CAT | Mental Health
Instead of just offering advice or handing them a pamphlet about the importance of a healthy diet and lifestyle, new recommendations from the United States Preventive Services Task Force (USPSTF) say health care practitioners could be doing more to help their overweight patients lower their risk of heart disease.
In particular, patients with excess weight coupled with key risk factors such as high blood pressure, high cholesterol and elevated blood sugar levels would do better with “intensive behavioral counseling,” according to a recent review of nearly 75 different studies focusing on lifestyle intervention techniques for overweight individuals with heart risk factors.
According to the USPSTF, patients who met with their doctors more frequently and who had recurring sessions with trained nutritionists, dieticians and other health educators were able to lose more weight and significantly reduce their risk of heart disease and diabetes. The key, said USPSTF Chair Dr. Michael LeFevre, is the ongoing one-on-one counseling, which helps to assess each patient individually and reinforce healthy habits such as regular exercise.
The new recommendations are similar to those issued by the USPSTF in 2012 (which focused solely on obese patients without heart disease risk factors). However, according to LeFevre one of the biggest limitations when it comes to providing such intense counseling is that unlike the larger health organizations, many smaller, solo practitioners lack the time and resources necessary to provide this level of focused treatment. Still, he encourages health care providers to do what they can to promote heart-healthy living.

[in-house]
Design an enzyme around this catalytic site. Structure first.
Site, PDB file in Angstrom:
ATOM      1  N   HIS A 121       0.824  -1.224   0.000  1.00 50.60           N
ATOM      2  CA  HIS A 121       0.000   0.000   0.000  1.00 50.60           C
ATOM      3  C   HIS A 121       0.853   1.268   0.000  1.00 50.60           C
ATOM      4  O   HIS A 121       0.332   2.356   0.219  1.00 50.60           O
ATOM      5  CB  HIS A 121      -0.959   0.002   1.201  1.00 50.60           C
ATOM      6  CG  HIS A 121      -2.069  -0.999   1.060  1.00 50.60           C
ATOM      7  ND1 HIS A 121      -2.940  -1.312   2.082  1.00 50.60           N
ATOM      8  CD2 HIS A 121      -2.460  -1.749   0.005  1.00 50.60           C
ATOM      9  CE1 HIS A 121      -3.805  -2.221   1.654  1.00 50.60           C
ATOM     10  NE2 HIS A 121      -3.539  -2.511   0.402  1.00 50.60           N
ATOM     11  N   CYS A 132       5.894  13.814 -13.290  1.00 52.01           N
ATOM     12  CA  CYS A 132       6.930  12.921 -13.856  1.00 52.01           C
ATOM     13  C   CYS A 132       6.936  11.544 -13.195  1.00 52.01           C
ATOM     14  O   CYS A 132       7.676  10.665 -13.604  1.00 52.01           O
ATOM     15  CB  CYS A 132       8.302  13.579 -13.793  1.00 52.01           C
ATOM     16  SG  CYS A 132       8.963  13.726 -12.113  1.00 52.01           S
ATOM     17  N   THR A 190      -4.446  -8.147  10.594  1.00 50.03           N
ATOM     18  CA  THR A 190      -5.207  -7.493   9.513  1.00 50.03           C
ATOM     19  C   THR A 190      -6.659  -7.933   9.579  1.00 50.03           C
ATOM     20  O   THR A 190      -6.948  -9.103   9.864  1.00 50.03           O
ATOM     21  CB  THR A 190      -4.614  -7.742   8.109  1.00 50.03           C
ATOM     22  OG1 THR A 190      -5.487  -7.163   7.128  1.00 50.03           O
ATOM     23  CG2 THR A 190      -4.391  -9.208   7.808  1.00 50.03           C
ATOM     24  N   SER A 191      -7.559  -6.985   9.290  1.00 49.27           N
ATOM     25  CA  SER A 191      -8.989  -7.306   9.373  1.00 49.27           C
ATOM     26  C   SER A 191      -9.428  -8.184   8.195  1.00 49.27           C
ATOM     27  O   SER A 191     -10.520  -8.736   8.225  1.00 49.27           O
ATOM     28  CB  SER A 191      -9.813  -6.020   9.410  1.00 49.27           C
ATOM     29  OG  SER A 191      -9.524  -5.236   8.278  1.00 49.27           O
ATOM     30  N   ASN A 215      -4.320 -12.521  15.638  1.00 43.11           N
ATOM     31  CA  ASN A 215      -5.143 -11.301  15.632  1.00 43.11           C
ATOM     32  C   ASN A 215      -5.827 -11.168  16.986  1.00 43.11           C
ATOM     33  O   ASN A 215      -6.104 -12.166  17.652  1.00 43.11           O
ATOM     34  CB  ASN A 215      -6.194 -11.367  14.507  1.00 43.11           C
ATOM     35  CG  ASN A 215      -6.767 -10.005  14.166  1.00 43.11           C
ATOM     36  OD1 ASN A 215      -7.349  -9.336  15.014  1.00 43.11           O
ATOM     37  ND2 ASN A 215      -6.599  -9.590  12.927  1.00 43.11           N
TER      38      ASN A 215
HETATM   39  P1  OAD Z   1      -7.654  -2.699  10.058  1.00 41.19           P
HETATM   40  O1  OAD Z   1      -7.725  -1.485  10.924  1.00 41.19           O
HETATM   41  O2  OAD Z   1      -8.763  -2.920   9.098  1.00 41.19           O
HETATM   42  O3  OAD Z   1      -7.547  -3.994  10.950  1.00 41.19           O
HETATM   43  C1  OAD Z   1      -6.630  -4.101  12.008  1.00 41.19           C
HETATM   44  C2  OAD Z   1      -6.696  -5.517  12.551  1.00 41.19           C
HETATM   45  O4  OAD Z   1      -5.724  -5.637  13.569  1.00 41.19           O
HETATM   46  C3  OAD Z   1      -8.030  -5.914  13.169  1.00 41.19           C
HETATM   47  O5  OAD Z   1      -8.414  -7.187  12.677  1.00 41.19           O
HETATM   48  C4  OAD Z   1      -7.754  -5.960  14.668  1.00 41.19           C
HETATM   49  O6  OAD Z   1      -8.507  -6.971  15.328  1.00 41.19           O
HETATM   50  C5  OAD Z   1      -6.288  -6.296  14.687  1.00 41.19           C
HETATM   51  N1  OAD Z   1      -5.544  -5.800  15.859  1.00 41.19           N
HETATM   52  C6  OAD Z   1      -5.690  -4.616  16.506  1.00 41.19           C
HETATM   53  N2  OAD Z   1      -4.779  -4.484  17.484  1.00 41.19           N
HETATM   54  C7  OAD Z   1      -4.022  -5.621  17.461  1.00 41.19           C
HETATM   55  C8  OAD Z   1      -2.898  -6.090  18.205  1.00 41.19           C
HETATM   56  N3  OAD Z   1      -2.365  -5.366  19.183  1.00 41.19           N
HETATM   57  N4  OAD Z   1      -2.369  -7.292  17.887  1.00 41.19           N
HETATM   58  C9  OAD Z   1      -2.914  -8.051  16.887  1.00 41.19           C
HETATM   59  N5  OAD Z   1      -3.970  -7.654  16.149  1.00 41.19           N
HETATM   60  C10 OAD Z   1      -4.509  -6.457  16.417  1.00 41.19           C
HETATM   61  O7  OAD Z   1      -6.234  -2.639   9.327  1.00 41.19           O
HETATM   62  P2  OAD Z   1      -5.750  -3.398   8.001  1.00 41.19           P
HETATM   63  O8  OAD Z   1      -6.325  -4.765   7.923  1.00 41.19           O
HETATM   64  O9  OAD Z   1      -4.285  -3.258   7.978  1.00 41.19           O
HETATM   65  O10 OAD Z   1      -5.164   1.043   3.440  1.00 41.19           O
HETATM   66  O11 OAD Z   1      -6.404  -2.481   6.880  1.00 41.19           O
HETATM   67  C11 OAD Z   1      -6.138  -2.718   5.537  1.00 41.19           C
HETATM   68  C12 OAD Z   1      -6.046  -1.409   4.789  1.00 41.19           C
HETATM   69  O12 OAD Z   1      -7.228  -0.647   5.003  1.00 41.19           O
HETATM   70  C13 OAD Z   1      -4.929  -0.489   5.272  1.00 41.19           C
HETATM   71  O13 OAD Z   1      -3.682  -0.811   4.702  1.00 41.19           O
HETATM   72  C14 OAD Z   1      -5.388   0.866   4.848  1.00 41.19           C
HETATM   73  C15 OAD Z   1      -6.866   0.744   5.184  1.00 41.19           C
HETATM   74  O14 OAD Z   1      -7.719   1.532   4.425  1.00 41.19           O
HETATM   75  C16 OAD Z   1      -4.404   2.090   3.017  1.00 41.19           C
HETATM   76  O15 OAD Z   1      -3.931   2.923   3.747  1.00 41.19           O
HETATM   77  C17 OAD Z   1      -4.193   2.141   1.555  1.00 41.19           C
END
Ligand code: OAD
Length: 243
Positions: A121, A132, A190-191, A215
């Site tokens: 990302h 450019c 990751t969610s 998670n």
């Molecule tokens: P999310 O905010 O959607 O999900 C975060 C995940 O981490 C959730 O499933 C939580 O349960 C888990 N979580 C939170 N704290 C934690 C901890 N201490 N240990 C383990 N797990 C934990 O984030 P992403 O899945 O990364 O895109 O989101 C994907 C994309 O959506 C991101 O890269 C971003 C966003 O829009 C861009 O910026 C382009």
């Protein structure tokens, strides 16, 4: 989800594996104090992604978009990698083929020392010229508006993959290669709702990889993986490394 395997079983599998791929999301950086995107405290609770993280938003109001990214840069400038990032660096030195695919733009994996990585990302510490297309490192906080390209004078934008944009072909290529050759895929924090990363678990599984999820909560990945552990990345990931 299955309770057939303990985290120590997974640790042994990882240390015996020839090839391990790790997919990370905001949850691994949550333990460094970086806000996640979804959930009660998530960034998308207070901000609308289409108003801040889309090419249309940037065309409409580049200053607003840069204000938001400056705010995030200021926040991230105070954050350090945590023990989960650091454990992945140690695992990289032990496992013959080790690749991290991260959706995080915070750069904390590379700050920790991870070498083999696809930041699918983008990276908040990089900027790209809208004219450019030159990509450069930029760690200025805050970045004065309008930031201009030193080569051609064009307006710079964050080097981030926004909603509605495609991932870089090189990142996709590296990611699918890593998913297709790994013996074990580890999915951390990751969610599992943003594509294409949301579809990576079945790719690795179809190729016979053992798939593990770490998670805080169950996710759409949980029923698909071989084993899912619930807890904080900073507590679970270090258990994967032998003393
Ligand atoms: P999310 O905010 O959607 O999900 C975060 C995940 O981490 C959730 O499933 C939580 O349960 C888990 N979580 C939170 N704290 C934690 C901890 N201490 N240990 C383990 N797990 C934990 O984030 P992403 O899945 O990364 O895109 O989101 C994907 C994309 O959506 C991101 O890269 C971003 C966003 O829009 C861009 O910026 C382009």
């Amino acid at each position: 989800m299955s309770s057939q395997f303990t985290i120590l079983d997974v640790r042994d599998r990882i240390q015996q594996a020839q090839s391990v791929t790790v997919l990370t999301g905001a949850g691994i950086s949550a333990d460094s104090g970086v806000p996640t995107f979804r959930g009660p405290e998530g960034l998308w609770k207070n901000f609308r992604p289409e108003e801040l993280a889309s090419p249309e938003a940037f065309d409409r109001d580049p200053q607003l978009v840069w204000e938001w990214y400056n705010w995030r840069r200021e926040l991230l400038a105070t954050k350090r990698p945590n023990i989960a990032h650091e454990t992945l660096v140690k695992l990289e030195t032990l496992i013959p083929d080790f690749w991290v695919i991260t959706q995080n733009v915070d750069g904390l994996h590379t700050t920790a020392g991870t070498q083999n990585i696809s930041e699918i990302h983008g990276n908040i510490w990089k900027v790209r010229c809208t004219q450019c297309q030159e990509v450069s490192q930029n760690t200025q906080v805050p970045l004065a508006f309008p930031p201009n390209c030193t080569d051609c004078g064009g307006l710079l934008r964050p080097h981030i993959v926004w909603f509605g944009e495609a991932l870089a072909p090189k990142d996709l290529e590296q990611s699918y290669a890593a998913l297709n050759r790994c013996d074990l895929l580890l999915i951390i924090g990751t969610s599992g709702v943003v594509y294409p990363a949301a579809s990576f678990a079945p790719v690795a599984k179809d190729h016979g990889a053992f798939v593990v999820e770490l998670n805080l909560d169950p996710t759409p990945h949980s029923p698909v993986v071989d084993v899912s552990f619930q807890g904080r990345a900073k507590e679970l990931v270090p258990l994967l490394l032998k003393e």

Heart disease is the leading cause of death in the United States, taking the lives of roughly 600,000 people every year. Stroke is not far behind—killing one person every four minutes. Now, the American Heart Association (AHA) and the American Stroke Association (ASA) are embracing the power of personal connection and social media to improve cardiovascular health and brain health nationwide. Why? Life is why.
The life is why™campaign, unveiled this month, aims to get people talking about heart and brain health and sharing their stories with others. Using the Life is Why microsite, people are encouraged to share their personal “Whys”—who or what inspires them to live healthier every day—through photos, videos and other content using the hashtag #lifeiswhy. They can also send Life is Why e-Cards to friends and family, as well as create and personalize t-shirts, mugs and other items.
“We wanted people to be able to be able to share with others the reasons for embracing a healthy lifestyle in heart and mind,” said AHA Chief Executive Officer Nancy Brown. The microsite also features a “tool kit” providing resources to promote awareness about healthy living. Visitors can read about the warning signs of stroke, find out where to take a life-saving CPR course, and get information on important diet and lifestyle changes that can improve cardiovascular and brain health.
Together the AHA and ASA hope to meet their goal of significantly improving American heart health by the year 2020 and promoting a world free of heart disease and stroke. In other words, they want to help people everywhere experience “more of life’s precious moments.”
For more information, visit: http://lifeiswhy.org/.